The Good Eggs "farm-to-fridge" business model turns the supermarket model on its head. Instead of having one or several physical locations stocked with a standard, unchanging inventory, the Good Eggs storefront is online, and calls on local farms to deliver only what customers have ordered that day. Good Eggs essentially stocks and empties a grocery store every day, and because its inventory is based entirely on what each customer is ordering, it's a different grocery store every day, too. The company has created an efficient new food system that's elegant in its simplicity.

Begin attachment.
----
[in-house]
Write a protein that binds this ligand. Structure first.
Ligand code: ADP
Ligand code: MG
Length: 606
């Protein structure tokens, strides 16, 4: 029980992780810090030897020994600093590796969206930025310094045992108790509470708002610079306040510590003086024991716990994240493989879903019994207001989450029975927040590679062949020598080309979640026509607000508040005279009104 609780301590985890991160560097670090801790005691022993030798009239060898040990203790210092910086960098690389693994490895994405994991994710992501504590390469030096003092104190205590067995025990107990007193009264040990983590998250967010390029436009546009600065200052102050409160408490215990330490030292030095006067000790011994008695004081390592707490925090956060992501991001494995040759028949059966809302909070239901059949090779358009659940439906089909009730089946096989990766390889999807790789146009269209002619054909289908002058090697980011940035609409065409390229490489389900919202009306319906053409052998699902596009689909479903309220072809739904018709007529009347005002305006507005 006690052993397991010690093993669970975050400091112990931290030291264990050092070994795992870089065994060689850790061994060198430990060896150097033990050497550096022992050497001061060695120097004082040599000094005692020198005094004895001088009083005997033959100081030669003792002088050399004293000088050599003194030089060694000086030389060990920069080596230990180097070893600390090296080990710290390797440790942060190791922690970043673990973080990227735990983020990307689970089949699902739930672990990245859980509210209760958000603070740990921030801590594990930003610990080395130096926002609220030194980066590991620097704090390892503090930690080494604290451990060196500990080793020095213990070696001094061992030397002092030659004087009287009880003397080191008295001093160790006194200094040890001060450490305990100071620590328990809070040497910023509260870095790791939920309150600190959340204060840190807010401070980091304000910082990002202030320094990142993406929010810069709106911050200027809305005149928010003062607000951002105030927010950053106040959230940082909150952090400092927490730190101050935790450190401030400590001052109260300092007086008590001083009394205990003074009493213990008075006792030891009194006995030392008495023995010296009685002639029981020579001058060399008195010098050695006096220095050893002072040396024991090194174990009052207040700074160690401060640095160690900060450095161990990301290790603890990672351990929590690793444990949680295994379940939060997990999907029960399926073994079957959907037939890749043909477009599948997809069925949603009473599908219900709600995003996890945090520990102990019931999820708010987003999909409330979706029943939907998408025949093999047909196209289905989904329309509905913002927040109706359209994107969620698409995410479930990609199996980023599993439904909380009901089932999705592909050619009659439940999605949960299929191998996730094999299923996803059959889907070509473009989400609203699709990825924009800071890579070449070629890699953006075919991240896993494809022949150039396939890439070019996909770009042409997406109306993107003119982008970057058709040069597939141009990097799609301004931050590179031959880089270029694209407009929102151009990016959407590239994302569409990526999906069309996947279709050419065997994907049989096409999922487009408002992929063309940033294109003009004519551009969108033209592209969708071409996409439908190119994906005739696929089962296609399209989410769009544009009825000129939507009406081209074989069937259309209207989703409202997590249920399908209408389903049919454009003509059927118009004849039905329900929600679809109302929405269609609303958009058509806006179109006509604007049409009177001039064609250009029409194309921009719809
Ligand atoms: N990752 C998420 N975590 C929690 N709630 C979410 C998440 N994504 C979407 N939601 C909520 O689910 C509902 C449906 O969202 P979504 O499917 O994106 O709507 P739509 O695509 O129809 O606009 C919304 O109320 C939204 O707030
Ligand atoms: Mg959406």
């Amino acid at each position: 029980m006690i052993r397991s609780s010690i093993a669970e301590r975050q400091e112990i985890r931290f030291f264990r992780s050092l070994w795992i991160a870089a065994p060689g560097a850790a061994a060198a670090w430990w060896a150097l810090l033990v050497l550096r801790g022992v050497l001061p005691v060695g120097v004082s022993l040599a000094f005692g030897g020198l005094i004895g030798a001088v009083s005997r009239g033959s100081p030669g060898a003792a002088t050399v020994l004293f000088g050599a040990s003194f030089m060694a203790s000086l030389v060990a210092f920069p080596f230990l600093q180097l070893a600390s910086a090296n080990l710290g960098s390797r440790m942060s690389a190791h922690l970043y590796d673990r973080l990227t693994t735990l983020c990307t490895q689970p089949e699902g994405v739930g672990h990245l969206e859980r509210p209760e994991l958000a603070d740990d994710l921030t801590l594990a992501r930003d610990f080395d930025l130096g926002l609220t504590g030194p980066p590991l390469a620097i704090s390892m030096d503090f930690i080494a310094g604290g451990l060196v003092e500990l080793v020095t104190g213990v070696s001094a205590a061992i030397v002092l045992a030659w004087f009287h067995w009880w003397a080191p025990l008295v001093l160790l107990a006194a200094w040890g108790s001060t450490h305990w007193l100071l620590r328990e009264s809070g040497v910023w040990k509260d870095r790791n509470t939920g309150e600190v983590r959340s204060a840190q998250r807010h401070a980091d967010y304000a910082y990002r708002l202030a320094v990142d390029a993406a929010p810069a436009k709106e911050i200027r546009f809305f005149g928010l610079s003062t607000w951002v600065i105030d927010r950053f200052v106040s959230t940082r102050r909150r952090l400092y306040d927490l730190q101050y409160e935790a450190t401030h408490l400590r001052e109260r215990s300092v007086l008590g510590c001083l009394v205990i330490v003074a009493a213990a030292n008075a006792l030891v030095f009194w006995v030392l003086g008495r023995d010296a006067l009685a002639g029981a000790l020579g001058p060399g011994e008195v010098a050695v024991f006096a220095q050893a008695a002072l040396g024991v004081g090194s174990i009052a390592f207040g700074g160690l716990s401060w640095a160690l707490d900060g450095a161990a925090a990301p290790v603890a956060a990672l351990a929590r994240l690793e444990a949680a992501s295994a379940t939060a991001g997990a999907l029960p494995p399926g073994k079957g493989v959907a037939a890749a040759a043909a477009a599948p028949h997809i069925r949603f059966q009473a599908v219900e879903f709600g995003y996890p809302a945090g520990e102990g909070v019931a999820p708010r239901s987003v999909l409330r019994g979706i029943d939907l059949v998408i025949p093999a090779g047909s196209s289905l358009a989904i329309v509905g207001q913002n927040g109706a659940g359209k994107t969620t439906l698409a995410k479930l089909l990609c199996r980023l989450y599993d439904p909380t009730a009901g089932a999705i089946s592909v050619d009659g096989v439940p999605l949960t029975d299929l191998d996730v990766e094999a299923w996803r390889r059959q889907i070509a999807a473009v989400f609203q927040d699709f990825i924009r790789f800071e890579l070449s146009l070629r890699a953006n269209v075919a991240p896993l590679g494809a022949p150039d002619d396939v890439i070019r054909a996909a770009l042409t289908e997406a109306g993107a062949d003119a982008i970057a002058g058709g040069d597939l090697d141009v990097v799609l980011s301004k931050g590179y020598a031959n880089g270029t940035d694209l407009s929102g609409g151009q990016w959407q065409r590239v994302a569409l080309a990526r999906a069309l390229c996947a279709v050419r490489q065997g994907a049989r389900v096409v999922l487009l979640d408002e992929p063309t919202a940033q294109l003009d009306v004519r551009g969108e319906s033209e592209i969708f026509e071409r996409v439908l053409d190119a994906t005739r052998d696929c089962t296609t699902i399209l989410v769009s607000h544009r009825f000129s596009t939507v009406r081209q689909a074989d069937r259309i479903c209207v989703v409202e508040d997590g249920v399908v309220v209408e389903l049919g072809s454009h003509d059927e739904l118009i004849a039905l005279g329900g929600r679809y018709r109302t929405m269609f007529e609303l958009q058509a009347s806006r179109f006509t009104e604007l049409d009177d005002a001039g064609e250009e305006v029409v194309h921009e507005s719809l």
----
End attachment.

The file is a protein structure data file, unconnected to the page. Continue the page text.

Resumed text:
Food aggregators like Good Eggs and high-tech grocery stores like the upcoming Local Mission Market are homegrown examples of how technology could change the way Americans shop for groceries. Add to that the fact that, this fall, Amazon's grocery delivery business AmazonFresh is coming to town. We all know what can happen when Amazon gets in the game. The supermarket may not be rendered as obsolete as Borders, Tower, or Blockbuster, but the new virtual model could force the bright, wasteful grocery store to become something else. What remains to be seen is if these new models are affordable enough for the average American family — or, if like so many tech innovations before them, they'll only be practical for a certain, affluent segment of the population.